READ 180: Joplin School District
At a glance
  • Promising Evidence
  • Program: Read 180®
  • Subjects: Intervention Curriculum, Literacy Curriculum
  • Report Type: Efficacy Study
  • Grade Level: Elementary, Middle, High
  • Region: Midwest
  • Population: Students with Disabilities
  • District Urbanicity: Urban, Suburban
  • District Size: Medium
  • District: Joplin School District, MO
  • Participants: N=337
  • Outcome Measure: Reading Inventory
  • Implementation: 90-minute model
  • Evaluation Period: 2011–2012
  • Study Conducted by: Scholastic Research
Overview
READ 180 Next Generation instruction results in significant fall-to-spring gains in reading achievement.

Joplin School District enrolled 7,785 students in Grades Pre-K through 12 in 2011. During the 2011–2012 school year, students from seven elementary schools, three middle schools, and one high school in Joplin School District were selected to participate in a partnership with READ 180 Next Generation. Of the READ 180 students, 74% were White, 10% were African American, 9% were Hispanic, 3% were Asian, 2% were Native American, and 2% were multiracial. Half of the students (50%) were students with disabilities, 5% were English learners (EL), and 76% received free or reduced-price lunch.

Students received 90 minutes of READ 180 instruction daily in place of the district’s regularly implemented English Language Arts (ELA) course. READ 180 usage data was collected during student use of the software program to determine the amount of time students spent on the software. The number of sessions that took place during this time, as well as the number of READ 180 segments that were completed, were collected.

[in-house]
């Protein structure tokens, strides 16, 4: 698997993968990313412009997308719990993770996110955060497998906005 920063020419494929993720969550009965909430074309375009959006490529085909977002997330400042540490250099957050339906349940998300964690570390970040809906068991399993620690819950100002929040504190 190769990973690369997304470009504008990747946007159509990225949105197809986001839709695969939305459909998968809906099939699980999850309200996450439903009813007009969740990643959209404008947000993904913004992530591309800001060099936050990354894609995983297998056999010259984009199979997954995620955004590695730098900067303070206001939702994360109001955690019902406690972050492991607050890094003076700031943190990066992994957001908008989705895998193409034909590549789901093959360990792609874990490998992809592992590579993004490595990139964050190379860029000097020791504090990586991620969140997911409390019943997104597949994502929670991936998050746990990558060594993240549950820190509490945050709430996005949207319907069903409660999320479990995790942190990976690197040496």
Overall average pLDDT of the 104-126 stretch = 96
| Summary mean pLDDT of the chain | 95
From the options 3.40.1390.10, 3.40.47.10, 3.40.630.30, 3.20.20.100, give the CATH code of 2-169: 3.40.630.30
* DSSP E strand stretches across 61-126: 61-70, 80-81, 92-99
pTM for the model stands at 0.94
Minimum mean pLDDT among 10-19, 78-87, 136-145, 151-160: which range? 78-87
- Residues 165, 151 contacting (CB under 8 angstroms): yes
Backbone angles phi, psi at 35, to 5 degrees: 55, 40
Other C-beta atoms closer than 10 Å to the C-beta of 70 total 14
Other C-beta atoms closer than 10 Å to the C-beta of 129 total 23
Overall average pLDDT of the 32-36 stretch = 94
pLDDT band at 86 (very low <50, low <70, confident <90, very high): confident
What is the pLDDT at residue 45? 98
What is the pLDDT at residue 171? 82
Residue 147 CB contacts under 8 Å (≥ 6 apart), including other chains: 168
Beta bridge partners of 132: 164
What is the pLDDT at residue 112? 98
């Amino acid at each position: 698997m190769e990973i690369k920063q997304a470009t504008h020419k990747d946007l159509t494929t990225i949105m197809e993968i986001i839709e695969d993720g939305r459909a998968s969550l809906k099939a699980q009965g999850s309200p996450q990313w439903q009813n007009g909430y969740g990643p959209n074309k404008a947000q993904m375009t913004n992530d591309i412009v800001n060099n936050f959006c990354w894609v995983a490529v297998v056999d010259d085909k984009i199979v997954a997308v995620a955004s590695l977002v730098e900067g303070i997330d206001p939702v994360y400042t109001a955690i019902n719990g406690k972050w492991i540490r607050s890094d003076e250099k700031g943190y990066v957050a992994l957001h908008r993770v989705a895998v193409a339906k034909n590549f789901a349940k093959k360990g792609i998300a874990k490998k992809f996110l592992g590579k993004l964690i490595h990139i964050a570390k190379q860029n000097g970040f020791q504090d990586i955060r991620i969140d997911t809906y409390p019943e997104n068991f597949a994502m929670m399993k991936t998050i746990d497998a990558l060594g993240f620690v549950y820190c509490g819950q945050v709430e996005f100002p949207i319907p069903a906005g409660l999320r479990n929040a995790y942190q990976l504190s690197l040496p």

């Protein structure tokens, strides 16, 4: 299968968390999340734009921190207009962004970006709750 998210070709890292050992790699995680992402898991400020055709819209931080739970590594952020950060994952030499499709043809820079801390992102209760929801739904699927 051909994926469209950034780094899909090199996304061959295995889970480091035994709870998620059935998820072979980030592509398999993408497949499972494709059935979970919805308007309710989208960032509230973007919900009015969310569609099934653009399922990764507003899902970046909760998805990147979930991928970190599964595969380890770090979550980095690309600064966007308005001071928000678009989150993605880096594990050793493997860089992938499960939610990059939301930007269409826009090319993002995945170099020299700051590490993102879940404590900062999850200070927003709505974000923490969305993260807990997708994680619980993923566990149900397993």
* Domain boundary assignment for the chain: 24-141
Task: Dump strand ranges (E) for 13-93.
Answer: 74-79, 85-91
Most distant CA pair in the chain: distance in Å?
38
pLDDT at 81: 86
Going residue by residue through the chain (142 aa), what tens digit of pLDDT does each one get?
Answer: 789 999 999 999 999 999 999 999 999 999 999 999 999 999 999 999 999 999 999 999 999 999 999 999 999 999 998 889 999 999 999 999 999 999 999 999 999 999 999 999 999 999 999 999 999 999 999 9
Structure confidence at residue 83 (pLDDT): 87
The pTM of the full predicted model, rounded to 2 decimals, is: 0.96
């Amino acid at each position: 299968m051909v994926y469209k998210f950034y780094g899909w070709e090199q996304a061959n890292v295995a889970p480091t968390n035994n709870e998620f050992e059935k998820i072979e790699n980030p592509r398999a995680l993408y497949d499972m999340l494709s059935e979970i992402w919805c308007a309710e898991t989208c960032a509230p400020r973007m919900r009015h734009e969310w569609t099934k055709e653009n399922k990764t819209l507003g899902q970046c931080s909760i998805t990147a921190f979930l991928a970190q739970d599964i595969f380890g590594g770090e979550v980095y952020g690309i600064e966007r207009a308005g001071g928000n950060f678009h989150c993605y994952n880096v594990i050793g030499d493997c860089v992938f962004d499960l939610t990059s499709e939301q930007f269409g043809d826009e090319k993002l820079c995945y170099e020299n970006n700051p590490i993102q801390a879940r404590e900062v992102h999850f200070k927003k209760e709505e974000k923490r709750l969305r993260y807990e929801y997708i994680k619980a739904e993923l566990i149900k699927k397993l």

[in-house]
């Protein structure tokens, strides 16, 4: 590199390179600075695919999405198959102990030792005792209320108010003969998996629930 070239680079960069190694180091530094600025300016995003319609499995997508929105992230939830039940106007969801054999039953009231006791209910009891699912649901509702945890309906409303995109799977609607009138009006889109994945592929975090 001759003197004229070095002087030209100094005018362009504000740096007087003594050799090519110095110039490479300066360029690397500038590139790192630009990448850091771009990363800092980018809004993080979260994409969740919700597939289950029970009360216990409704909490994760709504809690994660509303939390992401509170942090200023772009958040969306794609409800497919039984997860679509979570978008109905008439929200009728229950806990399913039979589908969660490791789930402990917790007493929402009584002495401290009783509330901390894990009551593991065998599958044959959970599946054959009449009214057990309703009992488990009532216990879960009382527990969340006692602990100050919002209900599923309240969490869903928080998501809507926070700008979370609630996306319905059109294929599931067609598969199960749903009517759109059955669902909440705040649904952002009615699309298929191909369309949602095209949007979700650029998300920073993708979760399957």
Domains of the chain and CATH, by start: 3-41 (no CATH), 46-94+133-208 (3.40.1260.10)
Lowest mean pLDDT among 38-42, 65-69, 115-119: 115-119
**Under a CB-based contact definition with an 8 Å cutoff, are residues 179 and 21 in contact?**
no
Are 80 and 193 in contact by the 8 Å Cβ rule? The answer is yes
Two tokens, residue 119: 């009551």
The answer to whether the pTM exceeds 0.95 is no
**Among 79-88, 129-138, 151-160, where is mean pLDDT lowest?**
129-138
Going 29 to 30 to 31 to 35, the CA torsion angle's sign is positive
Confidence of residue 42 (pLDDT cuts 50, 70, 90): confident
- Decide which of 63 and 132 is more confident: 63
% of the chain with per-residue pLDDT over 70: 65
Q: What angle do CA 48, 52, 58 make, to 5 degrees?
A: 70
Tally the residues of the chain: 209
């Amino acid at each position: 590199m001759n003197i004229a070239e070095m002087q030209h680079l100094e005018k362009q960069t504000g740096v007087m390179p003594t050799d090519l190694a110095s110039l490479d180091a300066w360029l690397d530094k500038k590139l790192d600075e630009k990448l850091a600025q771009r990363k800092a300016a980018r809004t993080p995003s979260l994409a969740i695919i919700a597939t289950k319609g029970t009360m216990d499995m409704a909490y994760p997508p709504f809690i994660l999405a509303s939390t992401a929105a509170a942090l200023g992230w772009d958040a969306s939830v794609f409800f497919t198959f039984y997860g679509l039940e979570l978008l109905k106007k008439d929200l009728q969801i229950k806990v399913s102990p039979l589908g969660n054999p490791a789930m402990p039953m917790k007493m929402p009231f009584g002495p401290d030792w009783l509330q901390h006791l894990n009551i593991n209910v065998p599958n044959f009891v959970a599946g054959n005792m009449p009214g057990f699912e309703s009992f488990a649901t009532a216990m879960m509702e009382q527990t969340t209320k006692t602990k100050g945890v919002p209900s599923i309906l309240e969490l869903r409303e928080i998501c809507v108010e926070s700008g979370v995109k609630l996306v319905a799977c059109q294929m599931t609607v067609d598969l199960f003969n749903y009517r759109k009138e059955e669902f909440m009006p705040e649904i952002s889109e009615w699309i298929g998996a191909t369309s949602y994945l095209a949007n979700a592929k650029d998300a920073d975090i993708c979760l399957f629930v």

Results

A total of 337 students who participated in READ 180 were included in the analytic sample. Lexile® (L) measures from the Reading Inventory® were used to measure fall-to-spring gains in reading achievement over the course of the school year. Overall, READ 180 students experienced a significant average fall-to-spring Lexile gain of 232L, with 80% of students meeting or exceeding their individual yearly Lexile growth expectations (Graph 1). When broken down by grade, the Lexile gains experienced by Grades 4 through 9 were significant (the third-grade sample was too small to analyze statistically). Sixty-four percent of ninth graders met or exceeded their individual yearly Lexile growth expectations, as did 80% of eighth graders, 82% of seventh graders, 80% of sixth graders, 86% of fifth graders, 62% of fourth graders, and 83% of third graders.  

4.2 Joplin Graph1

GRAPH 1. Joplin School District READ 180 Students, Grades 3–9 (N=337)

Performance on Reading Inventory, 2011 to 2012

Students with disabilities experienced a significant average fall-to-spring Lexile gain of 200L (Graph 2). Sixty percent of students with disabilities met or exceeded their individual yearly Lexile growth expectations, as did 88% of general education students.

Across the grades, students used the software an average of 30.7 hours over the year. An average of 103 sessions took place during this time, which resulted in the completion of 17 segments. It took students approximately 1.8 hours, or 6 sessions, to complete a segment. As Graph 3 displays, students who completed more software segments demonstrated greater Lexile gains than students who completed fewer segments.

4.2 Joplin Graph2

GRAPH 2. Joplin School District READ 180 Students, Grades 3–9 (N=337)

Performance on Reading Inventory, 2011 to 2012

4.2 Joplin Graph3

GRAPH 3. Joplin School District READ 180 Students, Grades 3–9 (N=337)

Performance on Reading Inventory as a Function of Software Usage, 2011 to 2012